• Joint supervision of the Master’s thesis
  7. Employability
    • Hackathons involving industry
    • Joint digital lectures involving industry
    • Joint supervision of the Master’s thesis involving industry
    • The Universities members of JPROV possess different yet similar structures to the ones showcased above. Ultimately these structures cater to both highly structured and formalized as well as highly agile, flexible, and adaptable programmes. There are however still challenges to implementing and using virtual components.

Challenges and opportunities

The JPROV campfire at Stockholm in June 2022 focused especially on the accreditation issue as still a significant hurdle to embedding virtual elements to joint programmes. Participants from different sectors of education note that in many countries or universities online programmes do not allow credits unless the student is physically present for up to 90% of the time. Even if a university or a country would allow students to get credits from online studies, they might have other requirements that make online joint programmes less feasible. For this reason, a more encompassing definition of joint programme with shorter and/or virtual mobilities is an important step.

The increase of virtual elements into joint programmes is not only dependent on new digital tools and innovative teacher training, but also on lobbying for more credit recognition when incorporating virtual formats. The solutions encompass the clear definition of criteria and structures that surround curriculum development, support services, accreditation, and recognition, as well as blended mobility options.

Administrative Requirements
As the above-mentioned examples of virtual elements show, a vast range of virtual structures and initiatives already exist involving students, academic and non-academic staff surrounding joint programmes. They are fundamentally characterised by their flexibility and adaptability. The administrative requirements should therefore be as flexible and adaptable. To place the existing structures under the student life cycle, monitoring and disseminating their existence is a first step into embedding digital elements to joint programmes.
The administrative support requires knowledge of the existing structures and coordination of the definition of requirements and expectations to be fulfilled by Joint Programmes within the multiple partner reality. As such, the co-creation of the framework is a relevant aspect towards successful development. In that, workshops and discussion groups provide for long term longevity of the programme, beyond individual initiative and are a powerful tool in identifying the virtual tools available and their potential for the programme.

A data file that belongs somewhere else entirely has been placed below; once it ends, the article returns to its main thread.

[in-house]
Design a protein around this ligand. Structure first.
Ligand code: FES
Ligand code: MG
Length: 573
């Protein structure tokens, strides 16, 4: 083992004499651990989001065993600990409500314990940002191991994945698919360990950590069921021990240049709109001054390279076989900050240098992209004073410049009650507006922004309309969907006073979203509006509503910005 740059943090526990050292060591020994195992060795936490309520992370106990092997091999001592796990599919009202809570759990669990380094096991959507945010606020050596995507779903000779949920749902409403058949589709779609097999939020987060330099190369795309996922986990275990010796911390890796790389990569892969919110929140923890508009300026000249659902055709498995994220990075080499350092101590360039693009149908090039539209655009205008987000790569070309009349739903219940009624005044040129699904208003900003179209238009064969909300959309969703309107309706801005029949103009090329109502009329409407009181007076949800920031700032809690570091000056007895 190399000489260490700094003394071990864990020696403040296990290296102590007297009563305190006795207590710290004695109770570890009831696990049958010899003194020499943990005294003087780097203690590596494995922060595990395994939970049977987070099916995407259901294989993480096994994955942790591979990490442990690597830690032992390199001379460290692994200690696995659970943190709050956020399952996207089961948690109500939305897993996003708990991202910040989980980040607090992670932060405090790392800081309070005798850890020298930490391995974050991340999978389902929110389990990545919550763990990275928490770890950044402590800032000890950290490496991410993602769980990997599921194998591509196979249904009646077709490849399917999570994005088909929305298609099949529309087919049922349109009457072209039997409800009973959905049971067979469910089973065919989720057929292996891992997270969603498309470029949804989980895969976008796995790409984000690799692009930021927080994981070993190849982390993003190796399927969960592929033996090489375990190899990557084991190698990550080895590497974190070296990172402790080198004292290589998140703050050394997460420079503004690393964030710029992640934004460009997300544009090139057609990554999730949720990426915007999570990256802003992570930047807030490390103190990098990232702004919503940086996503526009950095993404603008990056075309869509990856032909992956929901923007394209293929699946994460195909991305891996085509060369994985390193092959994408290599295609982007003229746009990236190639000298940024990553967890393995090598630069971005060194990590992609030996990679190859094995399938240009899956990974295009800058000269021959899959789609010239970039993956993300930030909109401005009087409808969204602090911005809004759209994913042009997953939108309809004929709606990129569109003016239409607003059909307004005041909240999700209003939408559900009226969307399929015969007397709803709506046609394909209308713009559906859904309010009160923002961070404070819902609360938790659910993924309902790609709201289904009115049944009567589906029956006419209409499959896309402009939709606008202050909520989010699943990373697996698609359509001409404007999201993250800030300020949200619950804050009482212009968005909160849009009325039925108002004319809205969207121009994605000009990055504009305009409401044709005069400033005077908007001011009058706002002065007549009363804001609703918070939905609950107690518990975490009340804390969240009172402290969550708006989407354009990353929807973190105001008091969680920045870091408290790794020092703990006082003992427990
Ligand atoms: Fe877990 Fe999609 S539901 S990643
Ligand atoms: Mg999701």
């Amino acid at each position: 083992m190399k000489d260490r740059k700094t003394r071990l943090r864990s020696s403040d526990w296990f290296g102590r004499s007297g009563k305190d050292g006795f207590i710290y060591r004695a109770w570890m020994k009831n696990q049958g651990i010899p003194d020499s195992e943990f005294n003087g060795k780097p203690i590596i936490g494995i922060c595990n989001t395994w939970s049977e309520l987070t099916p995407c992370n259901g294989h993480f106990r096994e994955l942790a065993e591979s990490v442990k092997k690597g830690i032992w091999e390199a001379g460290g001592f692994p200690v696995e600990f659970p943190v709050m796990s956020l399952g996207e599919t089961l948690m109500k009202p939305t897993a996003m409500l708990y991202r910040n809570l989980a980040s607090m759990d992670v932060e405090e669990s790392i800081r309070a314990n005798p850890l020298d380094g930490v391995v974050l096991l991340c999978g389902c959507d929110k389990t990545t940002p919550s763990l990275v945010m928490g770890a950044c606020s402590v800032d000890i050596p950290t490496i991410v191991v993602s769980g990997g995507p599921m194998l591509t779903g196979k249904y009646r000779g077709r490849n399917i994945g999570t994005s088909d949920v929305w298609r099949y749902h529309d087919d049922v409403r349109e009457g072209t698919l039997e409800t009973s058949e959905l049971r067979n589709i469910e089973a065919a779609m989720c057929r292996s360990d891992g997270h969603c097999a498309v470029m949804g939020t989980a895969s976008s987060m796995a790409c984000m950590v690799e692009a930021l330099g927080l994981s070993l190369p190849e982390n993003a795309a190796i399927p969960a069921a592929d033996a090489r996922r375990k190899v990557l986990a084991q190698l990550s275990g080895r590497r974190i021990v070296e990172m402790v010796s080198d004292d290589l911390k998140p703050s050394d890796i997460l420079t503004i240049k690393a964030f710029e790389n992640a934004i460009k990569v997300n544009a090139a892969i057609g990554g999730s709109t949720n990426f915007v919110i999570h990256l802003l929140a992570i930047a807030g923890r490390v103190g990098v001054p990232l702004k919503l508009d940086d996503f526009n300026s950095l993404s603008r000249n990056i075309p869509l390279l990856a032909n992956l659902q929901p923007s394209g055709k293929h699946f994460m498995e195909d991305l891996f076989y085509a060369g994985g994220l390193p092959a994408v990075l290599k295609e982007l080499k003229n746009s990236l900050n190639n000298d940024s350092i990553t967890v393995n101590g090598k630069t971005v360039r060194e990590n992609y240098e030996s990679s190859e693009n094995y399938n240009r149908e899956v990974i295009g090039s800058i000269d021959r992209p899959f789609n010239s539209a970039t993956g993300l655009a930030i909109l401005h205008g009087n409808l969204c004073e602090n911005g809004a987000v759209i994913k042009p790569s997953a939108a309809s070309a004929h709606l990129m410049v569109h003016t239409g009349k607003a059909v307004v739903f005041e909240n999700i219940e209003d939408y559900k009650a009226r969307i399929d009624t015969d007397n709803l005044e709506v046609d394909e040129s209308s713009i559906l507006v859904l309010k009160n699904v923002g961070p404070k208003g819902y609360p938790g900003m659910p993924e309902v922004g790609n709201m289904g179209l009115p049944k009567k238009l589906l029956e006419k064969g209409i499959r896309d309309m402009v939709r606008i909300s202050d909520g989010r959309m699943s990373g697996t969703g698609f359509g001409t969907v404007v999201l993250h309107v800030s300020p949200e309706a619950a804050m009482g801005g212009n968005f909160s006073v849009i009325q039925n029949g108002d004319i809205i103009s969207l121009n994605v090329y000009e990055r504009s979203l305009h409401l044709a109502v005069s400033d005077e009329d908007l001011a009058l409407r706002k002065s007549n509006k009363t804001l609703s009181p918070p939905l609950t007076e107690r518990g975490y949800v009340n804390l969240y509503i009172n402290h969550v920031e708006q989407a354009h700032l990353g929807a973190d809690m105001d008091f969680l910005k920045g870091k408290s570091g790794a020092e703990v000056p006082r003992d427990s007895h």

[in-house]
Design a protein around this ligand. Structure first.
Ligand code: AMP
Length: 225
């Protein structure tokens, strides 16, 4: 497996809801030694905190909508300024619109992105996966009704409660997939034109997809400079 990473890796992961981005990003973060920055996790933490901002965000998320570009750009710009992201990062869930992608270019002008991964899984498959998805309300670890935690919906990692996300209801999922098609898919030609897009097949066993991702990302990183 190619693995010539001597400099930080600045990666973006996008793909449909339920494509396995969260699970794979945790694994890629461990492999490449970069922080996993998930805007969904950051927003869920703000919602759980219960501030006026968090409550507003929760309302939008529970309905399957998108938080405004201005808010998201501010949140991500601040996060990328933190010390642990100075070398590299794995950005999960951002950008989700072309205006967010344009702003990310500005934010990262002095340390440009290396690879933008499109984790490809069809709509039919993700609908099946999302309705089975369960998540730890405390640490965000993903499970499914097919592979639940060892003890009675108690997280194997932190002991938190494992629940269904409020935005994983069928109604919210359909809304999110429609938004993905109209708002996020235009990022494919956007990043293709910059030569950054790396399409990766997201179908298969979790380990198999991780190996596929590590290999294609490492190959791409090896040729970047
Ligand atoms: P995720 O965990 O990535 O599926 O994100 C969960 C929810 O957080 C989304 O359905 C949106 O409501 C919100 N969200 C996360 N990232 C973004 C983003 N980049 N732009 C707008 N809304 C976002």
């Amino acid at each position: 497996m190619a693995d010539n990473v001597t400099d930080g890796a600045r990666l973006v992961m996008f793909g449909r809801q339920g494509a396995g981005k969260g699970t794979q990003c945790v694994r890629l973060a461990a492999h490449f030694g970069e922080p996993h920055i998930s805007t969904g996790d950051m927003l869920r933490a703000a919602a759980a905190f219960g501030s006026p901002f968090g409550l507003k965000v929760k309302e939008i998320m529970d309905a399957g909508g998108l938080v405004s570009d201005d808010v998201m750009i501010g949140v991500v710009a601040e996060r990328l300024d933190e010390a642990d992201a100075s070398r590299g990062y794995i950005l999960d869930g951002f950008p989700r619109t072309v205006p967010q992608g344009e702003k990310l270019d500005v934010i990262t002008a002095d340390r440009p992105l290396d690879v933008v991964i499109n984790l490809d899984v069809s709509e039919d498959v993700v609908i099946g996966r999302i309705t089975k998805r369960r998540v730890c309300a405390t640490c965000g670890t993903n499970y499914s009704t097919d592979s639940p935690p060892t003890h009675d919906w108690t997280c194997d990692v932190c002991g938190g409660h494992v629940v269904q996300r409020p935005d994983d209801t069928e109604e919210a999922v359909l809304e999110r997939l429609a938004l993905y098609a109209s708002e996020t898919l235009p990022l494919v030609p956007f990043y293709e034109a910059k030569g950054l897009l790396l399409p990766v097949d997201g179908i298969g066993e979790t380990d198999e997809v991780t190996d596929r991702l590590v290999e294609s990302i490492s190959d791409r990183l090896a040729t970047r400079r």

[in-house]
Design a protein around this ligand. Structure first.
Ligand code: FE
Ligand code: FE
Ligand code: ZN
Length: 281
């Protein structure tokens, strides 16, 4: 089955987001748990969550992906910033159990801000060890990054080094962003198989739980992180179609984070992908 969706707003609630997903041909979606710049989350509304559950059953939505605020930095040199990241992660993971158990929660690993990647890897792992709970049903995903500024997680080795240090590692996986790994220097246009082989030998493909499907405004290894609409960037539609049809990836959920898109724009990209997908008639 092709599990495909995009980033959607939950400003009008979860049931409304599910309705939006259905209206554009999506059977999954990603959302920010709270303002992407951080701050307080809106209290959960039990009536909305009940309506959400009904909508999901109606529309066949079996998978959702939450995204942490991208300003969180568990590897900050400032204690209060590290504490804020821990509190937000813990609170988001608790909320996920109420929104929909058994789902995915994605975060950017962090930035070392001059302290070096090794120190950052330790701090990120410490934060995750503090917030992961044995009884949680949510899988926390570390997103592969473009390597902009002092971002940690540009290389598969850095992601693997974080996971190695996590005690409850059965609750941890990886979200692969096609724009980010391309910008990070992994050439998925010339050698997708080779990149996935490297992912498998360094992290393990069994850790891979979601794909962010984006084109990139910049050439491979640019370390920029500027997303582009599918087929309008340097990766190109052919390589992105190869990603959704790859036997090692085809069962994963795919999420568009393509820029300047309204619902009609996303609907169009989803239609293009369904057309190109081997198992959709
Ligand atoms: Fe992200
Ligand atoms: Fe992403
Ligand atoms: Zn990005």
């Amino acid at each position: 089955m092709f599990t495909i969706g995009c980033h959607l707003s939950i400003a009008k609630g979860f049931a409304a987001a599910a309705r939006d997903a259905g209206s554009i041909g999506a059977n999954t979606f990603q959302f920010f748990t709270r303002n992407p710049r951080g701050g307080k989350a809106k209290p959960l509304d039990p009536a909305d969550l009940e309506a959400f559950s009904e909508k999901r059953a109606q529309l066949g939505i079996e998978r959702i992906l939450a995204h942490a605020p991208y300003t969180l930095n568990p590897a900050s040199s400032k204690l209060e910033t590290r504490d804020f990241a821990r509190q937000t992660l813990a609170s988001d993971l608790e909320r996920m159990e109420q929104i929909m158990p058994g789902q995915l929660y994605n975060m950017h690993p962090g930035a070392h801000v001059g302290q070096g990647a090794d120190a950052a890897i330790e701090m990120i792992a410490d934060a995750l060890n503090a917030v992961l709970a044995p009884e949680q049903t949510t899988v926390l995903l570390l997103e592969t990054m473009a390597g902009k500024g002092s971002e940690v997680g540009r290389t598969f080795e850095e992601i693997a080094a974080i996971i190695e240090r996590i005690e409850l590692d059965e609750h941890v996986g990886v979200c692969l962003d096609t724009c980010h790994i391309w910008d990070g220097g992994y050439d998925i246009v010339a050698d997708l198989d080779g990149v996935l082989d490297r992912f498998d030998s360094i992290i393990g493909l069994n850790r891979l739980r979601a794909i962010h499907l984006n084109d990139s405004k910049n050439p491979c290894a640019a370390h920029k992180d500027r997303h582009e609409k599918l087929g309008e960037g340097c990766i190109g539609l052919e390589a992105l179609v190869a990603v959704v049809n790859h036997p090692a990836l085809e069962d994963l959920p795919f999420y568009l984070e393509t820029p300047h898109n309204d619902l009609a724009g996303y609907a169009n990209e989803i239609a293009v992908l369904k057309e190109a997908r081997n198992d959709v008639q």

Accessibility and the definition of an area/person responsible for transversal communication and follow-up are key steps into implementing successful programmes with virtual elements. This requires setting up the processes related to each element as well as their articulation to the institutional goals.
The processes should cover, but not be exhausted to the study life cycle, and convey adjustment needs due to technical issues. Rules and principles should be stablished up front to easy up communication.

Practical recommendations

In order to further promote the integration and implementation of virtual elements into joint programmes the following practical recommendations could serve as a guideline. The target groups are administrative, technical, and academic staff, who are either involved in the development of a new transnational joint programme or who plan on integrating virtual or blended elements into existing joint programmes. They are structured reflecting to the four different types of virtual formats and the development cycle of such initiatives. Download the guidelines for more detailed recommendations and survey results

Joint programme models

Much of the work that supports, at least within Unite! European Alliance, the negotiation of a Joint Position regarding the ambitious European Degree comes from the 2015 and 2021 projects – Reforming Dual Degree Programmes for Employability and Enhanced Academic Cooperation (REDEEM) and Shaping the Next Generation of Joint Programmes in Science and Technology (REDEEM2), carried out under the Erasmus+ Strategic Partnerships framework and under the umbrella organization of CLUSTER (Consortium Linking Universities of Science and Technology for Education and Research).

REDEEM2 developed a set of guidelines and recommendations that might assist the reforming and creation of JP’s. A Joint Programme (JP) is a Bachelor’s, Master’s or PhD programme offered jointly by two or more universities, located in different countries. A JP presents an integrated curriculum coordinated, managed, developed and offered jointly by different higher education institutions (HEI) leading to double/multiple or joint degrees, attested by one or more diplomas. The programme can be developed and managed jointly or it can be the result of an agreement between two independent programmes. Students receive multiple or joint degrees and a long mobility (typically one semester up to a year) is embedded.

A JP facilitates mobility and intercultural exchange among its participants (students, faculty and technical/administrative staff). Promoting international employability of its graduates, a JP allows students to gain diverse experiences, learn about different cultures while acquiring an international degree.